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E2E view on EU workers post Brexit

One of the most contentious aspects of Brexit is what will happen to EU nationals already living in the UK. UK businesses need to recruit top talent to stay competitive and this can only be achieved if we remain open to EU workers and protect the rights of those already resident in the UK.

Yet the Government has not been clear on whether it will do this. Earlier this week it was reported that the Prime Minister has drawn up plans to end freedom of movement rules as soon as Article 50 is triggered to prevent a sudden influx of EU nationals before Brexit actually happens. The Government has also repeatedly resisted confirming that EU nationals already resident in the UK will be allowed to stay.

Thankfully, the House of Lords has now amended the draft Brexit bill to secure the rights of EU nationals already living in the UK. This is a major defeat for the Government who wanted to keep their cards close to their chest, hoping to gain similar assurances from other EU countries about the rights of British citizens’ resident abroad. Politically, this is also important for helping to warn off the threat of anti-immigrant UKIP and the right-wing of their own party.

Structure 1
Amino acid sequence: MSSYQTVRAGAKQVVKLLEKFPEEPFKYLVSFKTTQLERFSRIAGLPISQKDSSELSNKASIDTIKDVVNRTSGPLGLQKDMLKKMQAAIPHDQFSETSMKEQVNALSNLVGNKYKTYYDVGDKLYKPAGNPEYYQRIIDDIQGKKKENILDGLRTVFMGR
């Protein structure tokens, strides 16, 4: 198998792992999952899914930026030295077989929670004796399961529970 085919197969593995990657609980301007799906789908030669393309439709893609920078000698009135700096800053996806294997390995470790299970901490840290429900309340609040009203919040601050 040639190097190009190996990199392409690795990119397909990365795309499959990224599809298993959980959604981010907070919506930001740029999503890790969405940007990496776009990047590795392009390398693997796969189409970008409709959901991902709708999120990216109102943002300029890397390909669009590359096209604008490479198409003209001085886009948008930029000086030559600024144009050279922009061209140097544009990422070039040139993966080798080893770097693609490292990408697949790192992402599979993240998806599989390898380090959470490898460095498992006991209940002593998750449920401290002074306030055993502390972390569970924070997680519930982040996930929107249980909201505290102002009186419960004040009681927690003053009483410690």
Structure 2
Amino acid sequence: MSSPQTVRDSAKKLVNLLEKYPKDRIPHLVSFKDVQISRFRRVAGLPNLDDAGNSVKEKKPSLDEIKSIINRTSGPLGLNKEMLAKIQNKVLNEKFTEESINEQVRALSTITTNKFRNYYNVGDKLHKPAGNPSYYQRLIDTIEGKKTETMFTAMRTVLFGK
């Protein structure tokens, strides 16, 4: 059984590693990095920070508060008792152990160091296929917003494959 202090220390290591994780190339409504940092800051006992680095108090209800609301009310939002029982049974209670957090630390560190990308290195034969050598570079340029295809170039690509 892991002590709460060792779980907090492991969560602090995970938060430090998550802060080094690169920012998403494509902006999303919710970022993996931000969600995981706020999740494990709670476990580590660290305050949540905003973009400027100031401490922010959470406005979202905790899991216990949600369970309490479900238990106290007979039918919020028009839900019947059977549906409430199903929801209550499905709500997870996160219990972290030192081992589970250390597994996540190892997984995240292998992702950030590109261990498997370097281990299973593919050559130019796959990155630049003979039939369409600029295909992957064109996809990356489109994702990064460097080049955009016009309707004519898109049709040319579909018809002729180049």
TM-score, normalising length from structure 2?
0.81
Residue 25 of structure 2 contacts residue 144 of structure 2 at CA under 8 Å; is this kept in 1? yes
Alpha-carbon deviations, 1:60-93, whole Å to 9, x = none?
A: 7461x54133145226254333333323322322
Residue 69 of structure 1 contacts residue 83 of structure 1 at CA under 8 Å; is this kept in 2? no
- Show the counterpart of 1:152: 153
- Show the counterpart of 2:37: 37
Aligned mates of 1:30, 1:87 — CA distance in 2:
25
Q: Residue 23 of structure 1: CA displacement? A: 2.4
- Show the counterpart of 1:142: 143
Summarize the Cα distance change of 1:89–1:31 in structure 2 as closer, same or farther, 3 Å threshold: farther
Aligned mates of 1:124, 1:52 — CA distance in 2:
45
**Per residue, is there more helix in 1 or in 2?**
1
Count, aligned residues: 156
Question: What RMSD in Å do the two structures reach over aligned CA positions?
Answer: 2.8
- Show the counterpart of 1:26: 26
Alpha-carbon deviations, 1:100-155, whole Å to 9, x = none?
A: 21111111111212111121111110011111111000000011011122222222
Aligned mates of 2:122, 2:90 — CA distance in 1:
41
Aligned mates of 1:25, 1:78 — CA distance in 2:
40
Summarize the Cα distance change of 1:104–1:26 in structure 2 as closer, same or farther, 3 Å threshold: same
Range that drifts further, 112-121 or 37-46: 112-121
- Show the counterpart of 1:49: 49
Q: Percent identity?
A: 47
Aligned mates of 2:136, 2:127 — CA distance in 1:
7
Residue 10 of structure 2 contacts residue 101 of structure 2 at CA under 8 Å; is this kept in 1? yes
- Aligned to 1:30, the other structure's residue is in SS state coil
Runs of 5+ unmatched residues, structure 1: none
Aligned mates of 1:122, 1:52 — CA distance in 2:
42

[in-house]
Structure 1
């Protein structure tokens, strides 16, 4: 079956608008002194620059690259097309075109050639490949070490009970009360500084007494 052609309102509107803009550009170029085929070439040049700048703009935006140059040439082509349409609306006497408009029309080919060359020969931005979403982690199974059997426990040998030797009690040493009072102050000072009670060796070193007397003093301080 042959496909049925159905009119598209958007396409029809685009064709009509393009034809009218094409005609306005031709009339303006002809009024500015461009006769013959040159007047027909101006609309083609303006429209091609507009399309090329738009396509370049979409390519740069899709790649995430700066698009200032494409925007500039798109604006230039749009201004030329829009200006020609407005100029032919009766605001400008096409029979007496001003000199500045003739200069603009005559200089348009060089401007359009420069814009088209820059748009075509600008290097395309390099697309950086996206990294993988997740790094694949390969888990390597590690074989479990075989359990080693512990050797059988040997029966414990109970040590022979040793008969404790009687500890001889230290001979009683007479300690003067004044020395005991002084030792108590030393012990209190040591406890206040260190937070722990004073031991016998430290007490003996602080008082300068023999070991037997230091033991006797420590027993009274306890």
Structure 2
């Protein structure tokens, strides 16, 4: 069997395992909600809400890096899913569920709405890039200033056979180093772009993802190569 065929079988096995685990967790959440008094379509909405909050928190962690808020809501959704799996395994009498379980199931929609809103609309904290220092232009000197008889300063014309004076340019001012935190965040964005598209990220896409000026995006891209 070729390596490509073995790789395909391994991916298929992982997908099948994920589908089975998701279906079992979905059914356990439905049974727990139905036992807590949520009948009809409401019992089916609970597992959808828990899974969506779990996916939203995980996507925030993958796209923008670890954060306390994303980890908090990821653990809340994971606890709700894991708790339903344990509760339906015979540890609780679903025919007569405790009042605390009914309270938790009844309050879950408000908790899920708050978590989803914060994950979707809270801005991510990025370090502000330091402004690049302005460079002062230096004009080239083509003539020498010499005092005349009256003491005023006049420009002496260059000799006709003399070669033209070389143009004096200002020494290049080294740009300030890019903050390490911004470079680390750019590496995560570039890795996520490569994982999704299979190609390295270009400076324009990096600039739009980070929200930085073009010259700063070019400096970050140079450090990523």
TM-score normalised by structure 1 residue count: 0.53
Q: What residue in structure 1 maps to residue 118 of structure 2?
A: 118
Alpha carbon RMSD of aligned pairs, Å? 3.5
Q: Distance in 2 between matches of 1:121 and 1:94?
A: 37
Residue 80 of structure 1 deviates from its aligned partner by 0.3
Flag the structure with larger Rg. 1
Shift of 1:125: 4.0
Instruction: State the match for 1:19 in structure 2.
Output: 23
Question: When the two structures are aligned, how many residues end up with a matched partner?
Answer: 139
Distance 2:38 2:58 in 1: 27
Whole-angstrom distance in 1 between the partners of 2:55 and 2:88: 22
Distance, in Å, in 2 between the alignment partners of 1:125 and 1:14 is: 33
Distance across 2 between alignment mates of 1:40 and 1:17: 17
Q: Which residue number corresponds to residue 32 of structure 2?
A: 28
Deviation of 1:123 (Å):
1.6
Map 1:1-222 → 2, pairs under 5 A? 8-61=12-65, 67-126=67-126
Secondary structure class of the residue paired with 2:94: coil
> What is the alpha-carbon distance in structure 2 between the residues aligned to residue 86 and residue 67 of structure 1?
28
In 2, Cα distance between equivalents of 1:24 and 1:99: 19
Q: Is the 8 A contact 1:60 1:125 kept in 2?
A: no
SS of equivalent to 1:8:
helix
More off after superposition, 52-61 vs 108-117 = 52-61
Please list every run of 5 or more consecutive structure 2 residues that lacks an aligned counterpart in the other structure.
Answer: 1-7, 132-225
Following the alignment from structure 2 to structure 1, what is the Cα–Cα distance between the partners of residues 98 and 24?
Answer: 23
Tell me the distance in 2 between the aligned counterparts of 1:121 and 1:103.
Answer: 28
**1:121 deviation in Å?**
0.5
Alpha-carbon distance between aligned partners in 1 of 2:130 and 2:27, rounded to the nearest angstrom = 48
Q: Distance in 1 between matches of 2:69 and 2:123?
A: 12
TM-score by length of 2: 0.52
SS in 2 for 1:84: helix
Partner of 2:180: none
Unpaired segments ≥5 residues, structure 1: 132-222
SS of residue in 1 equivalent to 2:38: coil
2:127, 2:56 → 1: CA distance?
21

The House of Lords amendment should be welcomed by British business and all those concerned about the future of the UK economy. Many UK businesses rely on EU workers to fill skill shortages and a recent survey by the Chartered Institute of Personnel and Development (CIPD) and the Adecco Group has found that sectors of the UK economy which are heavily dependent on EU labour are already starting to experience skills and labour shortages.

It is vitally important that we don’t lose our best companies during Brexit and we have already seen warnings by the financial sector and others that they are considering migrating to the EU in the event of a ‘hard’ Brexit.

Ensuring that UK businesses maintain access to the Single Market will help, but keeping access to the EU talent pool is vital. However, that doesn’t mean that we shouldn’t also look at ways to upskill the British workforce. Having a larger choice of home grown and international talent can only benefit our businesses, and help keep them in the UK.